Advent with Austen

Sense & Sensibility Readalong, Part The Last

Welcome to the last part of the Advent with Austen Sense & Sensibility Readalong! If you’re new to Advent with Austen and want to read more/sign up to be part of the fun, read this post; if you want the schedule for Sense & Sensibility, read this post!

Part IV took us from chapter 37 to the end.

Having watched the most excellent 1995 adaptation on Sunday, I knew how this was going to end, and was a little perturbed to find differences from the film: on screen, Willoughby is not permitted to confess and redeem himself to Elinor. I’m not quite sure how I feel about this – I found Willoughby on screen (as played by Greg Wise) much easier to tolerate, whereas he is so obviously a flawed character in the book that I didn’t want him to have a chance to worm his way back into the Dashwood hearts.

The slow revelation of everything to do with Lucy and Edward (and eventually Robert) is really clever, and much like Elinor, we are overcome by surprise because it is totally unexpected! And for anyone holding onto a last vestige of hope that Lucy might actually be a nice person, well, thanks for coming along. Similarly, Willoughby turns up to offer his confession when Elinor is anxiously awaiting her mother and Colonel Brandon – it is delivered with aplomb and a skill of revelation that I don’t usually associate with Austen!

Liburuak makes an entirely valid point that everything wraps up rather neatly in this long final part, although I will argue that there is a pleasantly harrowing diversion in Marianne’s sickness (did anyone think she was going to die? This is not, after all, Little Women). Again, the relationship between the sisters really comes to the fore here, with Elinor devastated by the possibility of losing Marianne, not having made the right decision for once in sending for their mother straight away, and for once we see Elinor give full vent to her feelings (as well as the peek at them that we got when she tells Marianne about Edward and Lucy).

Mrs Jennings definitely improves as a character over the course of the book, although I’m not sure what her redemptive event is supposed to have been:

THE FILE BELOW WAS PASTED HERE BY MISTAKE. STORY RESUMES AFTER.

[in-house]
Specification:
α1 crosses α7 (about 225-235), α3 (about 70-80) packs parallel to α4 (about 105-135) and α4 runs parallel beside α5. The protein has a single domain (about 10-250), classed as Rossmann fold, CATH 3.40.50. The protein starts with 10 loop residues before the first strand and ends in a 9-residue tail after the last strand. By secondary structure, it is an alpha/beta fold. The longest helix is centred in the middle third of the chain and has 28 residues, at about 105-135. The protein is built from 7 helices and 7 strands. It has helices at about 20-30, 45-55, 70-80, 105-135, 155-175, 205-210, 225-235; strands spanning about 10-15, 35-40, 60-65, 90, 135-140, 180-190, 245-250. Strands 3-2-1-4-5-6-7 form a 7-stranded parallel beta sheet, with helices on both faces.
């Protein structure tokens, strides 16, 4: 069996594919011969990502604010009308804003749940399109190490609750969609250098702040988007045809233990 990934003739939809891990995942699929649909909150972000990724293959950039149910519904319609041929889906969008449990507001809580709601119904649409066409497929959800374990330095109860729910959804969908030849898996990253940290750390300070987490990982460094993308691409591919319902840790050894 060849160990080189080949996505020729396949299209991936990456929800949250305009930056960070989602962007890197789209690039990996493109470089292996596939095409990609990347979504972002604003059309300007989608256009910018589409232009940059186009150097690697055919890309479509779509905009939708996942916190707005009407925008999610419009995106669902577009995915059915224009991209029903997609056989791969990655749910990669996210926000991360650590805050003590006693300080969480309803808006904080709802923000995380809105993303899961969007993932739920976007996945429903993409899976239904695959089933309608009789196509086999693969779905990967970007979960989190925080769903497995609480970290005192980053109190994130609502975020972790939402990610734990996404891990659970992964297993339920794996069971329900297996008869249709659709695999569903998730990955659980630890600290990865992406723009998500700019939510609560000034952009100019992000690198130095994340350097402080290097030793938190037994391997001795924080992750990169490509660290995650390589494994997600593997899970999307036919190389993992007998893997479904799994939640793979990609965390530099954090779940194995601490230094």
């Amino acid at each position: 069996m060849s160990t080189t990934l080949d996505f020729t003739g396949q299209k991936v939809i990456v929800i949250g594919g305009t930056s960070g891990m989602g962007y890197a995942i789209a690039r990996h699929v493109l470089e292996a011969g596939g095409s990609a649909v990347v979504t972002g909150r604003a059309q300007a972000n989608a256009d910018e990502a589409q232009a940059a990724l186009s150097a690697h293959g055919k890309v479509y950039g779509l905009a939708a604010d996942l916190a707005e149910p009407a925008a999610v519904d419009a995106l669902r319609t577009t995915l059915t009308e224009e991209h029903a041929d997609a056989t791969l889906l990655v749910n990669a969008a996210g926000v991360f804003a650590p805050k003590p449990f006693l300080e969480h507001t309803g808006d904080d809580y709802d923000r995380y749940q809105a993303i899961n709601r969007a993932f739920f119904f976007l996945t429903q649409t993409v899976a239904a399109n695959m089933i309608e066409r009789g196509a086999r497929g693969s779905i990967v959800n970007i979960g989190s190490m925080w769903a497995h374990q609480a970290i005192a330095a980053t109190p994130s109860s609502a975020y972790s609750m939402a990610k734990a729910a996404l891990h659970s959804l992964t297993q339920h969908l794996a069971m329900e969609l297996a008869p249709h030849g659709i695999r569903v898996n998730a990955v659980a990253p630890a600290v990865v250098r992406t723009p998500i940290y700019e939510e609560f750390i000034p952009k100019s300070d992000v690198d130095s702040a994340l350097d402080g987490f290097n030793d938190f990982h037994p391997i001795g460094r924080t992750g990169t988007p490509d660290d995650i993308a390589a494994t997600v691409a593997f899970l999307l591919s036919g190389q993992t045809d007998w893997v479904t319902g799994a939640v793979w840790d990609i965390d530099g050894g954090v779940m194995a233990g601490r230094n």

“Mrs Jennings, however, with a kindness of heart which made Elinor really love her”

Somehow, because this is all wrapping up, it doesn’t feel like there’s all that much to say. So I’ve picked out some quotes instead:

“Elinor agreed to it all, for she did not think he deserved the compliment of rational opposition.”

“Elinor was to be the comforter of others in her own distresses, no less than in theirs”

“Elinor had heard enough, if not to gratify her vanity, and raise her self-importance, to agitate her nerves and fill her mind”

and my particular favourite:

“Marianne, who had the knack of finding her way in every house to the library, however it might be avoided by the family in general, soon procured herself a book.”

Now there’s a kindred spirit.

Some of us were thinking of getting Team Elinor t-shirts made up – if you’d be interested, let me know!

Thank you so much to everyone who participated in the read-along, it has been great fun!


6 thoughts on “Sense & Sensibility Readalong, Part The Last”

  1. Hehe, the Marianne library quote was so my favourite thing :). I definitely didn’t want Willoughby to worm his way back in with the Dashwoods, but at the same time, I think it was needed so that 1) we could be sure that Marianne is totally loveable, and 2) we could be completely sure that Willoughby is going to be miserable forever. So that was kind of great! Here’s my post on the last part if you want to take a look at it 🙂

  2. It was a neat ending, but I still found it was not all perfectly… Perfect. After, our villans get to be happy, in his own way, and Edward didn’t become the favorite son, ever after his brother doing what he was punished for wanting to do.

    It was a great read-along Yvann, thanks for hosting!

Leave a Reply

Fill in your details below or click an icon to log in: Logo

You are commenting using your account. Log Out / Change )

Twitter picture

You are commenting using your Twitter account. Log Out / Change )

Facebook photo

You are commenting using your Facebook account. Log Out / Change )

Google+ photo

You are commenting using your Google+ account. Log Out / Change )

Connecting to %s